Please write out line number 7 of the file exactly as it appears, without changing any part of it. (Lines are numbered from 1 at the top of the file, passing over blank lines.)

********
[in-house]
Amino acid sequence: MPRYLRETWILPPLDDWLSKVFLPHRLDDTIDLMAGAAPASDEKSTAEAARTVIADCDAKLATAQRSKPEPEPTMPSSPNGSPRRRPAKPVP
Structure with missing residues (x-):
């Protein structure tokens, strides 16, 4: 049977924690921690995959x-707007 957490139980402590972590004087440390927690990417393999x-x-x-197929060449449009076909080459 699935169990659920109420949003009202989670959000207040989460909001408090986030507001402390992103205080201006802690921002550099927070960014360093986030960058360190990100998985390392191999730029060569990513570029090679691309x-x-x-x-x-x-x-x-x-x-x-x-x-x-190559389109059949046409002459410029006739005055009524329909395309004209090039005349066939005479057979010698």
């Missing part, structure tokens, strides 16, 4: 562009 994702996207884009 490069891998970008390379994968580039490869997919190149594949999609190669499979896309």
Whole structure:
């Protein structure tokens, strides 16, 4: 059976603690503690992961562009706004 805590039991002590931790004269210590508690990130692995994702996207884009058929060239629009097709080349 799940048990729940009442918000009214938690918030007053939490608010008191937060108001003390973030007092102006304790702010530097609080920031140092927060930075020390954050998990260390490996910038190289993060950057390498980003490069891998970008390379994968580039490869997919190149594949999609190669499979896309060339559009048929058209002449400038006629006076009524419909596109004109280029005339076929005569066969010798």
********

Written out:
């Protein structure tokens, strides 16, 4: 059976603690503690992961562009706004 805590039991002590931790004269210590508690990130692995994702996207884009058929060239629009097709080349 799940048990729940009442918000009214938690918030007053939490608010008191937060108001003390973030007092102006304790702010530097609080920031140092927060930075020390954050998990260390490996910038190289993060950057390498980003490069891998970008390379994968580039490869997919190149594949999609190669499979896309060339559009048929058209002449400038006629006076009524419909596109004109280029005339076929005569066969010798």